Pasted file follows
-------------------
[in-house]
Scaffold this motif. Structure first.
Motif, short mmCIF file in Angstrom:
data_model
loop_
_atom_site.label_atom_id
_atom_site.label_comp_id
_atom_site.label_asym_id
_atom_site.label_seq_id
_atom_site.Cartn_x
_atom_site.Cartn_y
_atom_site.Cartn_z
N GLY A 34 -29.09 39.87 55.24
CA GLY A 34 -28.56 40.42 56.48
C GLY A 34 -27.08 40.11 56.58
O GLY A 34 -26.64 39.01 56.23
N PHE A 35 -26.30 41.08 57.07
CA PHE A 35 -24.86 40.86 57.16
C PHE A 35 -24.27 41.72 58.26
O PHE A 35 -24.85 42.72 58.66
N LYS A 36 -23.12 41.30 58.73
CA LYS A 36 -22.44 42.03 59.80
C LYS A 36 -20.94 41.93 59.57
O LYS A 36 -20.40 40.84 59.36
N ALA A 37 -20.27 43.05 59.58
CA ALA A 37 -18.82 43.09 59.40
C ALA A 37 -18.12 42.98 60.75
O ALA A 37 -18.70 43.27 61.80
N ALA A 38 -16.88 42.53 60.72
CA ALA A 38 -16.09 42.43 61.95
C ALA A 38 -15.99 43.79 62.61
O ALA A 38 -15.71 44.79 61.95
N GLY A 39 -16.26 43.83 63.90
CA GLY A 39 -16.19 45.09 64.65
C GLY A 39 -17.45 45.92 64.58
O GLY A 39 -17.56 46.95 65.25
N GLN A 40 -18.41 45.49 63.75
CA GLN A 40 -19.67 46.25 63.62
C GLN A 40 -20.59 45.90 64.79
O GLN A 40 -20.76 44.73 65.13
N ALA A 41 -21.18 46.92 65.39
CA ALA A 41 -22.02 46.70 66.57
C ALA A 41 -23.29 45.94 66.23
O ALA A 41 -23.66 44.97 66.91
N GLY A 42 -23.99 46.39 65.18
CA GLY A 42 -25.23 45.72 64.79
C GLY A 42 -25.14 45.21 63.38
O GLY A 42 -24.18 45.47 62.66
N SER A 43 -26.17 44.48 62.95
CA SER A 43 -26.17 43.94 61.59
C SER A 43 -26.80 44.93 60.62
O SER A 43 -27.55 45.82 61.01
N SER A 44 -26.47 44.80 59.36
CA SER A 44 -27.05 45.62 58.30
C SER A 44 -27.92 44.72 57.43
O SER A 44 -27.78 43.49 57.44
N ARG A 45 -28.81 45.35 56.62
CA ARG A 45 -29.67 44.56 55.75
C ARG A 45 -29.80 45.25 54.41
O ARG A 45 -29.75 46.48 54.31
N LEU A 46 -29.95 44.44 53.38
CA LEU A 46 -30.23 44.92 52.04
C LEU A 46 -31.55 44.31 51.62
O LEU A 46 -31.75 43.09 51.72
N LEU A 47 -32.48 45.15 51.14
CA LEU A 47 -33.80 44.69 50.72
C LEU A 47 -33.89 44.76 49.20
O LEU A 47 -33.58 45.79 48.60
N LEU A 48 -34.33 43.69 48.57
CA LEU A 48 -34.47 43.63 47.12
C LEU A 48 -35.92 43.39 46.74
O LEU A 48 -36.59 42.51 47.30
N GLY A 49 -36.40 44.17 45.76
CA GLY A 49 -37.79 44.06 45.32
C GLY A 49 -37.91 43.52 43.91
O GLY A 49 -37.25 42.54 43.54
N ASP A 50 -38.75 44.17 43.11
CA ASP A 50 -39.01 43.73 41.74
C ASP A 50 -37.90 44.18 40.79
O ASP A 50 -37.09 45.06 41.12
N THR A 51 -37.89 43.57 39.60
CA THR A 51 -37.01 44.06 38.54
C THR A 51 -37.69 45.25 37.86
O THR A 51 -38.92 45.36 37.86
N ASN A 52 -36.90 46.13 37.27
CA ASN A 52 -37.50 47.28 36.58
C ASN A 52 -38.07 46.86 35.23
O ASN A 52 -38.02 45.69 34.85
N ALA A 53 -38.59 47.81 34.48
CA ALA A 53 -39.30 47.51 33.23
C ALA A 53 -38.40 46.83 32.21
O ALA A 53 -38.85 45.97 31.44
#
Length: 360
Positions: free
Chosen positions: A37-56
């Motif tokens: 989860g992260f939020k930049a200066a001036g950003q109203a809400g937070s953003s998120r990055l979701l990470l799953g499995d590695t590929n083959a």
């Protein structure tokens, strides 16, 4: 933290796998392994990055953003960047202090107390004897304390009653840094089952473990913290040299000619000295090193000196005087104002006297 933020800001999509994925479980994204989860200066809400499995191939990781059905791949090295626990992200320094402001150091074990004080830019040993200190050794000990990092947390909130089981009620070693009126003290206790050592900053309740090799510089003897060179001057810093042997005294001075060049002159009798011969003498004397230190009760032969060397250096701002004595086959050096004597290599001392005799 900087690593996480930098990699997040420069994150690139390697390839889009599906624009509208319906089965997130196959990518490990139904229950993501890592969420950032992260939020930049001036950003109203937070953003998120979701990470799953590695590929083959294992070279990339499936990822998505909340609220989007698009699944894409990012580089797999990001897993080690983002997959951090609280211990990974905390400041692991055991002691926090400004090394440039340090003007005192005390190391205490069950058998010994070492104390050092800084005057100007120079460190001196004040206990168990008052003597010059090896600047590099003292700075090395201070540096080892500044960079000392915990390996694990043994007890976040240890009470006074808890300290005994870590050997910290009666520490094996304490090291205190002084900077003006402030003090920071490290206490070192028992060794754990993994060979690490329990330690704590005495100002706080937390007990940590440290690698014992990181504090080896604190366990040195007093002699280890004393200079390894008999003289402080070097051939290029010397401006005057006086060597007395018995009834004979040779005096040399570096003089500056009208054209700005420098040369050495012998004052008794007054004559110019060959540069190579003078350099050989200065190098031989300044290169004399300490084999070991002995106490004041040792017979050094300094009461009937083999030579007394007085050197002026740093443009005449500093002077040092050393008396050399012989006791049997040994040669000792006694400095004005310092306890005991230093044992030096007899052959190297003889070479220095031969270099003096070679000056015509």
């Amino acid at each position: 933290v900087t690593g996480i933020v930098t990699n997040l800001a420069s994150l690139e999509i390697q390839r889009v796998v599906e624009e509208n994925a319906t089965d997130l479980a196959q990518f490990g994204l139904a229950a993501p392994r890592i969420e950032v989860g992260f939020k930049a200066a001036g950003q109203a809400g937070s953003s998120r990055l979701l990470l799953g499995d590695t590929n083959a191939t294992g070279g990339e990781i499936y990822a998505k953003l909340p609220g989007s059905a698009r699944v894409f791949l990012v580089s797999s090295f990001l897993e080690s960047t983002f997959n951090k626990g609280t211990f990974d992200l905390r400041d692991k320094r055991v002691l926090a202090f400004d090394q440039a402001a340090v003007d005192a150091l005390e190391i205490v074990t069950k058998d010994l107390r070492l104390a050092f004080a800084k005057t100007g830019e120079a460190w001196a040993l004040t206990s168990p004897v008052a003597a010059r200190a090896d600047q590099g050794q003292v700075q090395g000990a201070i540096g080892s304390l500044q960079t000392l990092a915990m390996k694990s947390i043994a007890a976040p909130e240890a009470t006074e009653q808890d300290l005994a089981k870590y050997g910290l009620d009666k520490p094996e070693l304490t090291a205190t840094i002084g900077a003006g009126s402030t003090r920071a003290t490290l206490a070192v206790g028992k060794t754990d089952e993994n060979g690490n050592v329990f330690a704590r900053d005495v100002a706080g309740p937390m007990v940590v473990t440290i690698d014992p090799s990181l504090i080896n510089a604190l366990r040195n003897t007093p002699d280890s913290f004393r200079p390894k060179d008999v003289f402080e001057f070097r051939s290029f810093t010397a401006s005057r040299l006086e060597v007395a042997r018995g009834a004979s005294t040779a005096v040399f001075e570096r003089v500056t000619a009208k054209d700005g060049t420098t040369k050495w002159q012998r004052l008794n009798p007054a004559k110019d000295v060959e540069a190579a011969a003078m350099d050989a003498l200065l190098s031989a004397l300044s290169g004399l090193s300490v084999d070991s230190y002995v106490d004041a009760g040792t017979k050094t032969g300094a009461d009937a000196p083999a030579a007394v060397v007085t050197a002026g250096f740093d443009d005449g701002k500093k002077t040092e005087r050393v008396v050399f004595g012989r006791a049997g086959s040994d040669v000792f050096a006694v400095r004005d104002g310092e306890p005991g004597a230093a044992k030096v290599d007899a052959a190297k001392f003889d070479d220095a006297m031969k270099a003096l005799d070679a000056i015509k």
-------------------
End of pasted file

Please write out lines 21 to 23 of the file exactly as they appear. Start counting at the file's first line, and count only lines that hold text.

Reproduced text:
N LYS A 36 -23.12 41.30 58.73
CA LYS A 36 -22.44 42.03 59.80
C LYS A 36 -20.94 41.93 59.57